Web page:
The Three Pillars of Long-Term Macro Equity Investing
Why are some countries better than others at creating wealth (and investment returns)?
Why did Thomas Edison thrive in America while his poor-country counterpart did not?
What are the ultimate macro factors that make a country successful and investable in the long run? We consider three pillars of long-term macro equity investing.
Will America’s historic drivers of prosperity remain strong in the future?
This is the second guest post by S. Joseph Karam, who has been an equity portfolio manager for multiple decades at top fund managers such as Kingdon Capital Management, Soros Fund Management, as well as his own fund Seven Global. Joseph is also active in macro analysis, specifically on topics relating to demographics as founder of populyst.net. His twitter is @sami_karam.
“There is no limit to the ingenuity of man if it is properly and vigorously applied under conditions of peace and justice.” ___ Winston Churchill
OUR FIRST POST on the return of macro argued that recent events have re-inserted macro into the investment process of money managers, including equity managers that had tried to avoid thinking about macro since the Global Financial Crisis.
Now we turn to the question of macro context. Specifically, which macro contexts are most likely to generate strong returns for investors? Why was America a better investment destination for many decades? And how likely is it to retain this enviable position?
To start, consider this brief thought experiment. America has had its Thomas Edison, its Henry Ford, its Steve Jobs. But what about other countries or continents? Are there any equivalents to these innovator-entrepreneurs in other countries? How many Thomas Edisons have there been or are there now in Central or South Asia? How many Henry Fords in sub-Saharan Africa, or Steve Jobses in Latin America? How many are in Ukraine or Russia right now? Or in Yemen or Syria?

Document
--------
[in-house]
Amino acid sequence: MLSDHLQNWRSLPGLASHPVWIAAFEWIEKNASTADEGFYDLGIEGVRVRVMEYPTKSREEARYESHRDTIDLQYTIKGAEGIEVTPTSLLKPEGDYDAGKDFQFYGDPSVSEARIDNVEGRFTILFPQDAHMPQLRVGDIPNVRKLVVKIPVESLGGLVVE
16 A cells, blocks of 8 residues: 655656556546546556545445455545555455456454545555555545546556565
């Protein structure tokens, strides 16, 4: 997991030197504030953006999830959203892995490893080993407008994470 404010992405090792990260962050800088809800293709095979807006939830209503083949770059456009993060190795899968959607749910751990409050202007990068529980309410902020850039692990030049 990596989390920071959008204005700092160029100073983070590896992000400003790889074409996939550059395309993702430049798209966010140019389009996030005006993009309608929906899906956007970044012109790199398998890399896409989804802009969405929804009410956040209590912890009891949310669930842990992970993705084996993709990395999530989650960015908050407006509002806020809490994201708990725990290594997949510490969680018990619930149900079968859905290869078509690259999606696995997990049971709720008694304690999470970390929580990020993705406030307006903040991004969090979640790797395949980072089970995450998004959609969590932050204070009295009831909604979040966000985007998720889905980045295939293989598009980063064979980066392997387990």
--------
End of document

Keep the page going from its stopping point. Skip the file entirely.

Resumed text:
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It is fair to assume that there are such talents walking around on every continent. But of course, we will never know how many or who they are. As importantly, they will never know about themselves. In most cases, they will never know their own full ability, will lead lives that are dictated and often stunted by their immediate surroundings, and will eventually pass without having contributed their immense talent to the betterment of life or mankind.
Macro Beyond Economics
Most Americans are conversant in at least some of the factors that have allowed a Thomas Edison to flourish in America while his (for example) African counterpart has not. If we list those factors, we cannot just say that it is only America’s laissez-faire economy because there is some form of laissez-faire in many African countries. Nor can we say that it is only literacy because there is high literacy in many non-rich countries. Nor can we say that it is only US demographics because other countries have had similar or more favorable demographics.
But we could say that it is all of these things, and a few more, combined.
Macro, as it relates to investing, is not just about economics, even if all macro factors eventually impact economics. Economic measures such as inflation, interest rates, deficit and surplus etc. are proximate factors. But they often result from more fundamental ultimate factors that are further upstream in the chain of events.
When I travel to a less rich country, I sometimes pause to think what the chief economic concern in America may be at the time. For example, rising mortgage rates or a sagging stock market. Meanwhile, in other countries, the people you interact with may only get six hours of electricity a day or have to worry about clean water or about imminent political or military upheaval.
Seen from this foreign perspective, America’s more immediate worries, critical as they may be, are downstream from a set of factors that are more fundamental to the prosperity of a place at a given time. For the citizen of an emerging market, getting clean water is a proximate macro factor. But for a US citizen, it is one of the ultimate factors that have been banked and that are taken for granted.
So what are these ultimate factors that have made a Thomas Edison successful in America? We place them in three main categories:
Innovation and Productivity